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Musselman Through the Years Part 1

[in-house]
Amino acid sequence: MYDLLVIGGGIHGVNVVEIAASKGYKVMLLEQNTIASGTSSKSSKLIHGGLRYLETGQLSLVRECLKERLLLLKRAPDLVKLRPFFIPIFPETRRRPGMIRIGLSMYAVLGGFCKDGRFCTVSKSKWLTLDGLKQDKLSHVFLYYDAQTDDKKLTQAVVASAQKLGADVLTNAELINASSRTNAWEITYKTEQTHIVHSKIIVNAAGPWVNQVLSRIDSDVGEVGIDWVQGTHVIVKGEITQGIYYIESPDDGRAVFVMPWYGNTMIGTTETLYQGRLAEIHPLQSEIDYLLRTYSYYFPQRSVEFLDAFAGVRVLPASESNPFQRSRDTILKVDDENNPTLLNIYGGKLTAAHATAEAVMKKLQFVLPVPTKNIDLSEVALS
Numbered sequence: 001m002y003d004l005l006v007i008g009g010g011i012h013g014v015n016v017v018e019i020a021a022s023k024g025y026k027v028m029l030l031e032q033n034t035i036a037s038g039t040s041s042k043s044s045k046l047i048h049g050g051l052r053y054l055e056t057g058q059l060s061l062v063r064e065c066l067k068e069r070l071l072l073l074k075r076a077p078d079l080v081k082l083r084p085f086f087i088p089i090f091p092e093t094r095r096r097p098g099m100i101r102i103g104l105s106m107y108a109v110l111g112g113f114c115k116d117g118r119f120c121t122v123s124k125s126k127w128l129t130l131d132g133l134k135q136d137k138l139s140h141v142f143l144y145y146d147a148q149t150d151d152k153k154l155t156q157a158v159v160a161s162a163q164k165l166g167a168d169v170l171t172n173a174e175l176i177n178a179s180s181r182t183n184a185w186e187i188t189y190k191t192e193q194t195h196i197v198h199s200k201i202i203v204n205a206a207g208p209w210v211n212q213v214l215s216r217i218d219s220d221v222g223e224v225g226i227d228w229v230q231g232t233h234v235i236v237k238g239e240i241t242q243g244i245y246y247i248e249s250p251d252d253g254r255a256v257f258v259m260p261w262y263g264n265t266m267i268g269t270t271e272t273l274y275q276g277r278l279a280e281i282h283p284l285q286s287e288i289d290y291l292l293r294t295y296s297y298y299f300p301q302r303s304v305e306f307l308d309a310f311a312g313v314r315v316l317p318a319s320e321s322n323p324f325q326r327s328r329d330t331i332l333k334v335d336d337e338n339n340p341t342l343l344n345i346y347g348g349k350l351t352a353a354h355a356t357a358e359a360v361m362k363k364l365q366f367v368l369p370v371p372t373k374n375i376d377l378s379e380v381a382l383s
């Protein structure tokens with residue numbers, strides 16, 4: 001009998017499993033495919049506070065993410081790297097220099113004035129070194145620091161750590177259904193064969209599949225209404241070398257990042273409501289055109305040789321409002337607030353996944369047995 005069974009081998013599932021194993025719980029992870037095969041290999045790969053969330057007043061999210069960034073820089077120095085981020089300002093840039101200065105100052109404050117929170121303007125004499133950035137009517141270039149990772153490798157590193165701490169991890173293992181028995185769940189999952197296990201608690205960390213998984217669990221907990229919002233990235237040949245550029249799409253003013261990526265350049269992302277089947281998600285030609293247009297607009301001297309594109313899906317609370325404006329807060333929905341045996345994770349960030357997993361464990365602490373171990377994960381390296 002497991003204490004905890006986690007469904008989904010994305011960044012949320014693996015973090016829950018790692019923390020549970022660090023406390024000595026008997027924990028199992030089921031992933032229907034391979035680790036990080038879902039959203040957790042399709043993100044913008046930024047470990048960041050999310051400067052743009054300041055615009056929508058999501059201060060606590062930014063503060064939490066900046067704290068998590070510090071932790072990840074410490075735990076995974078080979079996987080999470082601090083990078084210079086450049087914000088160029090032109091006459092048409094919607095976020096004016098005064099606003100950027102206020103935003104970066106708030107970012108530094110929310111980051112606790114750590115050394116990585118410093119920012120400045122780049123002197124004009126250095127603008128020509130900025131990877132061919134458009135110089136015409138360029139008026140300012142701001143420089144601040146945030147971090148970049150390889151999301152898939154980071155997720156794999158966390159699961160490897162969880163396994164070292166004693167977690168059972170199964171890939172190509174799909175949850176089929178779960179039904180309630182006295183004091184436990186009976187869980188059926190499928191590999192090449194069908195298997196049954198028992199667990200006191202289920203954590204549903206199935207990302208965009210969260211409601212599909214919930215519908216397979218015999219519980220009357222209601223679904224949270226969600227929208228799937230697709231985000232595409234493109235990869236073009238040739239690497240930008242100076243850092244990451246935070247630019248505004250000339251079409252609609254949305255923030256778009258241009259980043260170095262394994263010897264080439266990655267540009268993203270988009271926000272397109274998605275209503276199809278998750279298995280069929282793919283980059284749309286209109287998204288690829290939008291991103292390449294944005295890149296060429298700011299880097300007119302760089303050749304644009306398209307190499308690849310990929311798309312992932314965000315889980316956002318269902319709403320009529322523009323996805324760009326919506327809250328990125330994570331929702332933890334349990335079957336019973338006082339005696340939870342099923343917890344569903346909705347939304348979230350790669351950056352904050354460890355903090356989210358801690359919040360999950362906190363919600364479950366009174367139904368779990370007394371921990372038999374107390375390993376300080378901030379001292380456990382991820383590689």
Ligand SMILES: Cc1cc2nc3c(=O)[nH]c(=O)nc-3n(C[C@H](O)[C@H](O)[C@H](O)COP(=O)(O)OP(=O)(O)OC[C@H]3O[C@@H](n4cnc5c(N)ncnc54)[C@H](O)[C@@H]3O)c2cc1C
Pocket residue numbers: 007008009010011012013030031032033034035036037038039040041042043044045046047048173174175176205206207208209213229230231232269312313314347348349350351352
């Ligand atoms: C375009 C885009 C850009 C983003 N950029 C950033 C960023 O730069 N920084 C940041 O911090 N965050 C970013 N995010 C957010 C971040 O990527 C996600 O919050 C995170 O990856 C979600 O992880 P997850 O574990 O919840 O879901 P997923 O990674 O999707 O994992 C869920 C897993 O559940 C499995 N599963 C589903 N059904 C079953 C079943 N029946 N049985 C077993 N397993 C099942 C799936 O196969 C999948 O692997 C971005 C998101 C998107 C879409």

Trade A Tango For A Triathlon? Written by Christopher Henderson for the Musselman Triathlon, 2008 When race director Jeff Henderson walked into a Musselman Triathlon organizational committee meeting in early 2004, he brought with him the usual list of concerns to be dealt with and decided on: race course improvements... schedule adjustments... new volunteers. Only this time there was something new... “I received an email from someone who recently registered,” Henderson said. “She wants to know if – and I’m not joking here – she can wear ‘floaties’ during the swim.” That participant was Pittsford resident Cindy Devore. She’d registered for the mini-Mussel as part of an agreement with her husband, Carl: she wanted to ballroom dance; he wanted to do triathlon. “He did, so I did,” she says. “I think he had the easier conquest, personally.” Devore’s difficulty was a fear of the water that she obtained as a four year-old, following a near-drowning experience. She’d gone years without facing that fear; when her husband agreed to do the hustle if she’d Mussel, she knew she had to do something she’d put off a long time: learn to swim. And, be comfortable swimming in open water. Quickly. She began by writing her initial email to Henderson; he replied by informing her that USA Triathlon prohibits the use of personal floatation devices – or “floaties” – in sanctioned races. Devore was undeterred, and sent off a second email. “I explained that the word triathlon and the name Cindy Devore would never be used in the same sentence, were it not that I was married to Carl Devore. What I do for love!” she remembers. “I told Jeff that I do not like to swim. I do not like the thought of swimmy things nibbling at my legs. I was fearful of being out in a lake alone and unable to put my feet down on solid earth. I told Jeff normally I swim to avoid drowning, run to evade danger, and bike best on the back of my tandem with my husband hauling my butt across town.” In short, Devore was apprehensive. Henderson, she recalls, was not. “He said he knew I could do the triathlon, and encouraged me to buy a good quality wetsuit. He assured me if I did, I would “bob like a cork” in the water,” she says. “He told me there would be people in kayaks and on jet skis looking out for anyone in trouble, and confidently told me, again, that I could do this.” It was Henderson’s words that helped Devore make her decision. WRITING SAMPLE “I realized that a young man – young enough to be my son – who had never met me, had more confidence in me than I had in myself. I was long overdue for a belief-in-myself-check,” she says. “So, I began the process of training for my first triathlon.” Devore began by reading. A lot. “Many books on training for marathons and triathlons sat on my nightstand,” she says. “I read each one, picturing myself floating effortlessly in the water, riding with strong shoulders on a bike, running fast and strong. Copies of Triathlon Magazine and Inside Triathlon began to pile on the floor by my bed. I am a good reader and a greater positive thinker, able to envision myself alongside professionals.” But first, she’d have to start with the basics; she hadn’t yet even gotten into the water. “The simple act of learning to swim was a terrifying experience,” recalls Devore. “It began with me simply standing in the shallow end, holding on to the edge of the pool, trying to put my face in the water. I had to adjust to tolerating the bubbles. They were killers. I felt sick each time I swallowed dirty, chlorinated water, from my efforts to try and figure out how to breathe in synchrony with a stroke like the picture of the lady in the book,” she remember. Devore had help from local triathlete and Musselman champion ’04 Mary Eggers. Eggers provided the coaching Devore needed to gain confidence – little by little. “I looked ridiculous swimming in my wetsuit in an 83 degree room with 80 degree water, but it was the only way I could ultimately get over my fear of going into the deep end without a floatie,” Devore says. “Kids would come up and ask me why I was dressed like I was, and then swim off like fish. I just kept my focus that at least I was in the water swimming.” It would take Devore several years to forgo the wetsuit. “I had trouble learning to coordinate my breathing and finally followed Mary's suggestion to breathe to one side on every stroke, because I never felt like I was getting enough air. I forced myself to let go of the side of the pool and head into the deep end using a kick board.” She’d done it... almost. Recognizing that triathlon is a multisport event – a swim, a bike, and a run – Devore had to simultaneously train for the other two portions of the race, as well. “The biking training was a little easier, but only because I was able to breathe oxygen without getting a mouthful of water,” Devore jokes. “Uphills resulted in amazing quadriceps burning... downhills scared me to death... wet roads made me uneasy... and zooming traffic that came too close for comfort? Terrifying.” Devore remembers finding motivation in the triumphs of the Tour de France champion that year. “I loved the flats where I felt like Lance Armstrong whizzing past the mountains in the background,” she says. “But in reality, most of the time, biking felt uphill in both directions.” The run wasn’t a cakewalk, either. Following surgery for a foot injury earlier, Devore had become an avid walker. “My doctor told me what everyone hears following surgery: walking is better than running, swimming is better than walking,” she says. “We all know why swimming wasn’t my first choice, so I became a fairly fast walker.” Running, however, was a different story. Devore had to balance her training with care, making sure that nothing exacerbated her injury and prevented her from accompanying her husband as he held up his part of the bargain: ballroom dance. Carl Devore stood by his wife – or, more accurately, swam by, cycled by, and ran by her – every step of the way. “I dreaded each time my husband cheerfully asked, “So, how would you like to do a swim today?” “Like?” I would respond incredulously? “Like?” For Devore, there was no like – it was a necessity. Her husband understood. During bike training, she remembers her husband dutifully riding behind her. “There I was, gasping for air, while my husband pedaled effortlessly behind me, whistling Beethoven, asking me between movements, “How’s it going?” “Going?” I would think? Am I actually moving? It felt like a standstill.” Her husband understood. Carl was so understanding that he decided to drop out of the half-Iron he’d signed up for, exchanging his registration for one in the mini-Mussel, so that he could race next to his wife. Devore remembers her reliance on Jeff Henderson, as well. He, also, understood what she was going through. “I would drop Jeff a note as I did the first time and, for some inexplicable reason, he would write me back amidst all the other things he had to do, and he would encourage me to keep plugging.” Devore remembers growing more and more apprehensive as her first race grew near. “I needed Jeff,” she says. “I wrote Jeff and told him I was still plugging, but barely, and sought his reassurance.” “Pluggers become finishers and finishers will someday rule the world,” Henderson would tell Devore in one of his many emails. And that would become her mantra. And on the first mini-Mussel ever, Devore became a finisher. She had a little help from Carl – and no help from “floaties.” Carl, in fact, raced in the ‘novice’, or beginner, heat, staying with his wife during the swim, even dropping back a bit to swim next to her when a tinge of self-doubt set in. Staying close during the bike, the two finished the run as a pair, crossing the finish line side by side, to the call of the announcer: “And here come Carl and Cindy Devore. This is Cindy’s first triathlon, and she is now a Musselman!” Not bad for a woman who, not very much earlier, was afraid to do a dance with the water. © 2009 Musselman Triathlon For More Information: